I walk into the chaos and immediately feel unwelcome. Does anyone know I’m here? Does anyone care? I swirl around the rest of the night, trying to keep up. All the while, feeling that ache in my bones that says, “you’re nothing.”

And all of the sudden, I’m in third grade again. Blissfully, happily, unashamedly wearing my mismatched socks. I wear my socks this way each day in the third grade. Each day, that is, until that fifth grade girl makes fun of me on the playground and I never wear them this way again. How much that makes me want to cry today for that third grade girl! (And how much for that fifth grade girl too.)

I want to tell my third grade self, “It doesn’t matter what she says! Wear those socks! You don’t need her approval! There is no shame in being who you are! God created you! Fearfully and wonderfully! (Psalm 139)” But I can’t. Because this isn’t fiction, and I can’t close my eyes and clinch my fists and go back in time.

I was that girl. And I stopped wearing those socks. Something deep inside of us screams that we must be accepted, we must be liked. Something in our hearts tells us we must attach ourselves closely to someone to define our worth. We MUST be given approval to be worthy or we will die. Somewhere on the road of brokenness, it became people we clung to, to find this approval. But, the thing is, it isn’t them who can fulfill this need in us. It’s God. It’s God’s approval that we’ve been craving all along. And I wish I could tell that third grade girl to keep wearing those mismatched socks and attach herself to Jesus, and not to that fifth grade girls’ opinion. It’s not my socks that need to be approved of anyways, it’s my soul. We’ve just gotten confused.

“Those who look to HIM are radiant and their faces shall never be ashamed (Psalm 34:5).” As long as we look to people, we are going to be ashamed. As long as we look to anything but Jesus to make us worthy, we are going to be ashamed. As long as people can lift us up, they can tear us down. The truth is, they don’t even have the power to define our worth. We are giving people power that they don’t even possess. “For the Son of Man is going to come with his angels in the glory of his Father, and then he will repay each person according to what he has done. (Matthew 16:27).”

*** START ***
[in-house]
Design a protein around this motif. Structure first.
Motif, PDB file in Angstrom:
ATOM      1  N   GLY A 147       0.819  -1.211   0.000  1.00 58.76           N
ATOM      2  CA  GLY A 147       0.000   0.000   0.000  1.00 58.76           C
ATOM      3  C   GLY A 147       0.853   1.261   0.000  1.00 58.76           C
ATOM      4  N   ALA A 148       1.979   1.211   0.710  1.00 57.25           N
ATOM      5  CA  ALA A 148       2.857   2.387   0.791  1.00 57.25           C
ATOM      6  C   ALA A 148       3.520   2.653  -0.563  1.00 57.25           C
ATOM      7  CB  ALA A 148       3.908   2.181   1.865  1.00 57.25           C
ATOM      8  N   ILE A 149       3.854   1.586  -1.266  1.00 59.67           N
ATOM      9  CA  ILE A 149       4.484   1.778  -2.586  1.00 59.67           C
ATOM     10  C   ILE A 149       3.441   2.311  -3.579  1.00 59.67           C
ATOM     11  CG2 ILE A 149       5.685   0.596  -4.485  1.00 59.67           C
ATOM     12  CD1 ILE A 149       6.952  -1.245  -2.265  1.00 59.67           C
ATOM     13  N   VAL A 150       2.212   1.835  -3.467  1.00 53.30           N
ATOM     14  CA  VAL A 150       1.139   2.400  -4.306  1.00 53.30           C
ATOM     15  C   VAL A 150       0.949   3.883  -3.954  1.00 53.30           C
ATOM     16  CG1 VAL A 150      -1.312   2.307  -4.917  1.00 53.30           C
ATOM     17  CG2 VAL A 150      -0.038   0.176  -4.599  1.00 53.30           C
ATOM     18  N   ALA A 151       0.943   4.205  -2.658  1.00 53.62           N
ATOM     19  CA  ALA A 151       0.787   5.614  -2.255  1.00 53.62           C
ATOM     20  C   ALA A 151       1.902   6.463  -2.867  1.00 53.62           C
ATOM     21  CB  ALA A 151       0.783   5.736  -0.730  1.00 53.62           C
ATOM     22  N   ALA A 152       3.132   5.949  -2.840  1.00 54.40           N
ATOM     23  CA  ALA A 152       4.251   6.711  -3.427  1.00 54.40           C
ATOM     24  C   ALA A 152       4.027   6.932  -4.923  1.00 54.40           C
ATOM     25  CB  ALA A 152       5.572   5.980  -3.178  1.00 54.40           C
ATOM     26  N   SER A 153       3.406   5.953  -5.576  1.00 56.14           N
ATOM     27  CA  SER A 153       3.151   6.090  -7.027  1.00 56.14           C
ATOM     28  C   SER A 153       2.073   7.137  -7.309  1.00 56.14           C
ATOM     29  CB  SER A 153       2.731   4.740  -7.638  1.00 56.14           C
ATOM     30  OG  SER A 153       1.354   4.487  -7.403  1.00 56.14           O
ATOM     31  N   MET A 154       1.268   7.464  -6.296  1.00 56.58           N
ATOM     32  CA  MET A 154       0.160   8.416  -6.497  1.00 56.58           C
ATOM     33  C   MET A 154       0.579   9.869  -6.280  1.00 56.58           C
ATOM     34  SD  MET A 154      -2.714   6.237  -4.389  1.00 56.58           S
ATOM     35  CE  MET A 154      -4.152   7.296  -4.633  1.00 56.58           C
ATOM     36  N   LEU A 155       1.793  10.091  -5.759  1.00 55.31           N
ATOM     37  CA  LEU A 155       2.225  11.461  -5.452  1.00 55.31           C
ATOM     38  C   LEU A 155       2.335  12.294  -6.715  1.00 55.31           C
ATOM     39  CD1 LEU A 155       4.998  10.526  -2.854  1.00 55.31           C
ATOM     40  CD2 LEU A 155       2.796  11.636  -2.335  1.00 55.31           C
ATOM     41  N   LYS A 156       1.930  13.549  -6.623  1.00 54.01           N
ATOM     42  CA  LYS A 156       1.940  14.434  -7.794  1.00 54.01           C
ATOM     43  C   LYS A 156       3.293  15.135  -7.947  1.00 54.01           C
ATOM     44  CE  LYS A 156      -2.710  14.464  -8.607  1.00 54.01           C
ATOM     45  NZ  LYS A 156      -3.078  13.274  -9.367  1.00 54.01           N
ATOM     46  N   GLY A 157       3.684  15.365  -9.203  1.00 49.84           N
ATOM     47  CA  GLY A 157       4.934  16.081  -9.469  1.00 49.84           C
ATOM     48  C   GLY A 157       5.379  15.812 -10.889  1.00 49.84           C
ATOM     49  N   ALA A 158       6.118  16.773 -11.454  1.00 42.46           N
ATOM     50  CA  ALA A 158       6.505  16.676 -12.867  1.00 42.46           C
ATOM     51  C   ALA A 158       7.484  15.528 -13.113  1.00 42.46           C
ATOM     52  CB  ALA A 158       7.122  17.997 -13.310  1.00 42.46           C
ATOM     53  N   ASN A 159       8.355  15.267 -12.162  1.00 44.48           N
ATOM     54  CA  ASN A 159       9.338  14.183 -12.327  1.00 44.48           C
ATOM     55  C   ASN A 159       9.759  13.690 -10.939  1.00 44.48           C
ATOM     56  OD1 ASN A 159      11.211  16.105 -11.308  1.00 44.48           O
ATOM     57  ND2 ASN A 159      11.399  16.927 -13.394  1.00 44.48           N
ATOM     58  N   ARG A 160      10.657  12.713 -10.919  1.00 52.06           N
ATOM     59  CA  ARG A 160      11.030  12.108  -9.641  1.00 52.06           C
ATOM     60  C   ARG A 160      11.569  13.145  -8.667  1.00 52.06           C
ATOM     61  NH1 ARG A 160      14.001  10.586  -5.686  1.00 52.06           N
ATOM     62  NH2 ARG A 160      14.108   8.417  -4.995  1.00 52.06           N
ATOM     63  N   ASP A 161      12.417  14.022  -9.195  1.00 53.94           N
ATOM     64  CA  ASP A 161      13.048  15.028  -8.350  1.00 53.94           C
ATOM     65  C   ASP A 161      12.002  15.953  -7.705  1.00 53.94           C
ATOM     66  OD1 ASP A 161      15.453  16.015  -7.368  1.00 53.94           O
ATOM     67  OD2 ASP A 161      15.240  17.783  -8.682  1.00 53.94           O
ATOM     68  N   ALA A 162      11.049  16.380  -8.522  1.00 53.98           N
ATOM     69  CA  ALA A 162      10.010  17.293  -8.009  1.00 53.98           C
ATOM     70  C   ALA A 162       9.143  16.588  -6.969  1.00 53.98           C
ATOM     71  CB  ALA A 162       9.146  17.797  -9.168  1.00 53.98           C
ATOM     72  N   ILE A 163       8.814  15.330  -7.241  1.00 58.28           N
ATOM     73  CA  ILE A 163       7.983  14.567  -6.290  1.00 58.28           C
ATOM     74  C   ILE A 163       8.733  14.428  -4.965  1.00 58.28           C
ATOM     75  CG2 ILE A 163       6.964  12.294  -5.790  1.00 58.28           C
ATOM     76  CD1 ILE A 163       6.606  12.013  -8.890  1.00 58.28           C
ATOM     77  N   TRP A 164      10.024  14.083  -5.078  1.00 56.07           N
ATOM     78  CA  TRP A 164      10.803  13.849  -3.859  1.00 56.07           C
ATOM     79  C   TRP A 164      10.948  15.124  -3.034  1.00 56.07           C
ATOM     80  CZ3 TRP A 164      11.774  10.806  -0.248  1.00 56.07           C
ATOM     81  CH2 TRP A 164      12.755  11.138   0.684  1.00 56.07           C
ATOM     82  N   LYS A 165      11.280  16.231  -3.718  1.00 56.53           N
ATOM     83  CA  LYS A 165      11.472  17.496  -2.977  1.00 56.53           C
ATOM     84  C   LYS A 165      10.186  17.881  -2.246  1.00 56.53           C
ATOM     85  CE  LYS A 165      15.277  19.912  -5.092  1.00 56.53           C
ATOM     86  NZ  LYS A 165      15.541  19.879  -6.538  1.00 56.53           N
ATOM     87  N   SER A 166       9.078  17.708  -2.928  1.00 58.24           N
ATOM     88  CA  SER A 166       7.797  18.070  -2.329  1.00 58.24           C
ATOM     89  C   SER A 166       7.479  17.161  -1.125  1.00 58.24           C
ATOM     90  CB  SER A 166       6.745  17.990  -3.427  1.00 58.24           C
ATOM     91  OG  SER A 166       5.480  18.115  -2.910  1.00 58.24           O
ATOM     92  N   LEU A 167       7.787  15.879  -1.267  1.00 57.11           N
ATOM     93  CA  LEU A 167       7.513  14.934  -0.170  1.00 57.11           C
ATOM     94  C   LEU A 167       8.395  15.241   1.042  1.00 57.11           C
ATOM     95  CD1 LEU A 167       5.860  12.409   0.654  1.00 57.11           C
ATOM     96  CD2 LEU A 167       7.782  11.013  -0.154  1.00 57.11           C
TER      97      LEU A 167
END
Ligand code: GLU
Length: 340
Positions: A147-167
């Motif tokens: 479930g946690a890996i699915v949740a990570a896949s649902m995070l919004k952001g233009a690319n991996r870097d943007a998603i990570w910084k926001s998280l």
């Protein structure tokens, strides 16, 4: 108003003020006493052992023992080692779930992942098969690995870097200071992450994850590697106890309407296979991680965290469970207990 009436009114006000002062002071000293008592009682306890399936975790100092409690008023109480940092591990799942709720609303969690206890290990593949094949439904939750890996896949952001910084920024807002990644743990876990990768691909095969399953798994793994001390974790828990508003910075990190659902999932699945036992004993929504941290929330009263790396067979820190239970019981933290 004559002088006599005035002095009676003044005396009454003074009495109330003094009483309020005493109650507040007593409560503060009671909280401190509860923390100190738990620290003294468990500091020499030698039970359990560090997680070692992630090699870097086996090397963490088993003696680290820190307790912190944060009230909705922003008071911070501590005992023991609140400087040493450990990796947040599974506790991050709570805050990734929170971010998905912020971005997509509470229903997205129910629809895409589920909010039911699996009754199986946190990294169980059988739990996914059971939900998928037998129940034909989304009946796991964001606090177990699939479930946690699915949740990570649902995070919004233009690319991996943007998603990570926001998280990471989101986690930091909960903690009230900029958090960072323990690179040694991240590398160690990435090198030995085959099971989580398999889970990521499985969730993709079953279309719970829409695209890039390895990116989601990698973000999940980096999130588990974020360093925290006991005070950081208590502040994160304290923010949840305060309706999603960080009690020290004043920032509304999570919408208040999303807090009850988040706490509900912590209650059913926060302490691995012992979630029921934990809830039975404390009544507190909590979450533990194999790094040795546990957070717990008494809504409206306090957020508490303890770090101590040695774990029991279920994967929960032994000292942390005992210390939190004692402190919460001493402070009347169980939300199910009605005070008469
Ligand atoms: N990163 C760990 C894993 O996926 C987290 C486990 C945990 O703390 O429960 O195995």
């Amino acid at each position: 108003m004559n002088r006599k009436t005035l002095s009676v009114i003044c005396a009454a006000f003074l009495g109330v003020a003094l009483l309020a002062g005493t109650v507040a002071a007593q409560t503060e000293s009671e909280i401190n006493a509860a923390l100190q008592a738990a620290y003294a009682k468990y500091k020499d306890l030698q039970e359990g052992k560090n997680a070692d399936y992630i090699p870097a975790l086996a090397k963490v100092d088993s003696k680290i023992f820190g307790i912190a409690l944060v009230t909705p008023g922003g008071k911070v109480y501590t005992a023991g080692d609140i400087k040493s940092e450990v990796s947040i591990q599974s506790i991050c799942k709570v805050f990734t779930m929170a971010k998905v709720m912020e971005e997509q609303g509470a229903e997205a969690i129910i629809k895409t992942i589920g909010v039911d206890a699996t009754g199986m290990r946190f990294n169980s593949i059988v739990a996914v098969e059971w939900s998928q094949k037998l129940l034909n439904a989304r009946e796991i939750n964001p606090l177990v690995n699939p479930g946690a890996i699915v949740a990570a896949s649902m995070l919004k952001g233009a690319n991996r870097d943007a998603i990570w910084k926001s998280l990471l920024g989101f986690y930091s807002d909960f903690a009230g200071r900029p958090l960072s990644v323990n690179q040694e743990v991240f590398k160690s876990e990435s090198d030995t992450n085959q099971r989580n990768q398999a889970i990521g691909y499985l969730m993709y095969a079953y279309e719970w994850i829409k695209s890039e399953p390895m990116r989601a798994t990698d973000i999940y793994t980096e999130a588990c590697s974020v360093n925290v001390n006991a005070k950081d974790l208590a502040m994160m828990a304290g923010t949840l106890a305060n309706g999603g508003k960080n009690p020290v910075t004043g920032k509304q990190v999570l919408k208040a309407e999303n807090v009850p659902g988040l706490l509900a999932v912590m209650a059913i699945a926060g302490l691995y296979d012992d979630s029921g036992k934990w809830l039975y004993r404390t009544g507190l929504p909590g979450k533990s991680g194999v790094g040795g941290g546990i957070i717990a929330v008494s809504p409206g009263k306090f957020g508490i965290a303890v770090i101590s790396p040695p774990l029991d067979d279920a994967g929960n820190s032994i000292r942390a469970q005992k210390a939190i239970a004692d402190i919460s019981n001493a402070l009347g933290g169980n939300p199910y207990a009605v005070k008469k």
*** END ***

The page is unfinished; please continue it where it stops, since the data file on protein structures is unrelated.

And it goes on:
Jesus only has this power. And Jesus tells us we aren’t good enough; I am not good enough, apart from Him. And the hope that we cling so desperately to is that He died and rose again in order that we could attach ourselves to Him and be cleansed of our sinfulness and could find all of the worth and approval we ever need for life inside of Him. If we are attached to Him, He will repay us for HIS works (His perfect works) and not our own. He IS good enough. Either I can stand on my own righteousness (which is nothing) or I can stand on His (which is everything).

Yes, it’s true. We must attach ourselves to someone intimately to be worthy, but that someone is Jesus and Jesus alone. As long as that little girl, who still lives inside of me, looks to her friends, to her bosses, to her world, she won’t find the approval her soul is desperately searching for. It has to be Jesus or it has to be nothing. “But to all who did receive him, who believed in his name, he gave the right to become children of God. (John 1:12)”

For Megan Malorie Weber works in Women’s Connections at The Austin Stone Community Church Downtown PM Campus. She loves movies, books, and Netflix marathons. Malorie also loves tea time, laughter, and “Don’t Stop ’Til You Get Enough” by Michael Jackson. She is striving to share honest life experiences through words to the glory of God. Follow Maorie on her blog or her Instagram